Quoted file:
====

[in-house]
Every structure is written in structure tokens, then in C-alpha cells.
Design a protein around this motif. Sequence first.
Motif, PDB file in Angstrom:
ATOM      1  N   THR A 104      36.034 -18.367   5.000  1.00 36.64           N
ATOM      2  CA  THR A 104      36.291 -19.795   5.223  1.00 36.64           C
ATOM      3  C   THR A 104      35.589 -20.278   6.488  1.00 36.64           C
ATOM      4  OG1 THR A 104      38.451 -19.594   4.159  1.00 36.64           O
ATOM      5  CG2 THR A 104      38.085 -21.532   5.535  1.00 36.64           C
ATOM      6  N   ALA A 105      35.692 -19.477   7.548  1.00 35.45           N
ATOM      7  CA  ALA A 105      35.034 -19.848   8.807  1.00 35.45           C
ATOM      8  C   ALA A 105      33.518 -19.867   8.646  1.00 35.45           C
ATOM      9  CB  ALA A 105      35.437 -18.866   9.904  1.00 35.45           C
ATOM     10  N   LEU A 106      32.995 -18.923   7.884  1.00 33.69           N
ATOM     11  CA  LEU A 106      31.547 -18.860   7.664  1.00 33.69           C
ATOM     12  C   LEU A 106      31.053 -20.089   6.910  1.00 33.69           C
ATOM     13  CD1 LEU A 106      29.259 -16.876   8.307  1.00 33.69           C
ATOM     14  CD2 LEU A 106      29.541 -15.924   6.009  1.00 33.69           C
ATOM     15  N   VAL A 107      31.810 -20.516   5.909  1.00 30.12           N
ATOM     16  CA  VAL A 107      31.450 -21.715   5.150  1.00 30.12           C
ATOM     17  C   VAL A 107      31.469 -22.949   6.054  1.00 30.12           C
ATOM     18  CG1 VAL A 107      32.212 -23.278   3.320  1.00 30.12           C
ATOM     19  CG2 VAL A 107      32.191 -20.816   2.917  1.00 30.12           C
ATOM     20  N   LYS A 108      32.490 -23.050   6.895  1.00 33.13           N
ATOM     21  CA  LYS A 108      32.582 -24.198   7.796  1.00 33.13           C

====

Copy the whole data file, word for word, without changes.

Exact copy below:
[in-house]
Every structure is written in structure tokens, then in C-alpha cells.
Design a protein around this motif. Sequence first.
Motif, PDB file in Angstrom:
ATOM      1  N   THR A 104      36.034 -18.367   5.000  1.00 36.64           N
ATOM      2  CA  THR A 104      36.291 -19.795   5.223  1.00 36.64           C
ATOM      3  C   THR A 104      35.589 -20.278   6.488  1.00 36.64           C
ATOM      4  OG1 THR A 104      38.451 -19.594   4.159  1.00 36.64           O
ATOM      5  CG2 THR A 104      38.085 -21.532   5.535  1.00 36.64           C
ATOM      6  N   ALA A 105      35.692 -19.477   7.548  1.00 35.45           N
ATOM      7  CA  ALA A 105      35.034 -19.848   8.807  1.00 35.45           C
ATOM      8  C   ALA A 105      33.518 -19.867   8.646  1.00 35.45           C
ATOM      9  CB  ALA A 105      35.437 -18.866   9.904  1.00 35.45           C
ATOM     10  N   LEU A 106      32.995 -18.923   7.884  1.00 33.69           N
ATOM     11  CA  LEU A 106      31.547 -18.860   7.664  1.00 33.69           C
ATOM     12  C   LEU A 106      31.053 -20.089   6.910  1.00 33.69           C
ATOM     13  CD1 LEU A 106      29.259 -16.876   8.307  1.00 33.69           C
ATOM     14  CD2 LEU A 106      29.541 -15.924   6.009  1.00 33.69           C
ATOM     15  N   VAL A 107      31.810 -20.516   5.909  1.00 30.12           N
ATOM     16  CA  VAL A 107      31.450 -21.715   5.150  1.00 30.12           C
ATOM     17  C   VAL A 107      31.469 -22.949   6.054  1.00 30.12           C
ATOM     18  CG1 VAL A 107      32.212 -23.278   3.320  1.00 30.12           C
ATOM     19  CG2 VAL A 107      32.191 -20.816   2.917  1.00 30.12           C
ATOM     20  N   LYS A 108      32.490 -23.050   6.895  1.00 33.13           N
ATOM     21  CA  LYS A 108      32.582 -24.198   7.796  1.00 33.13           C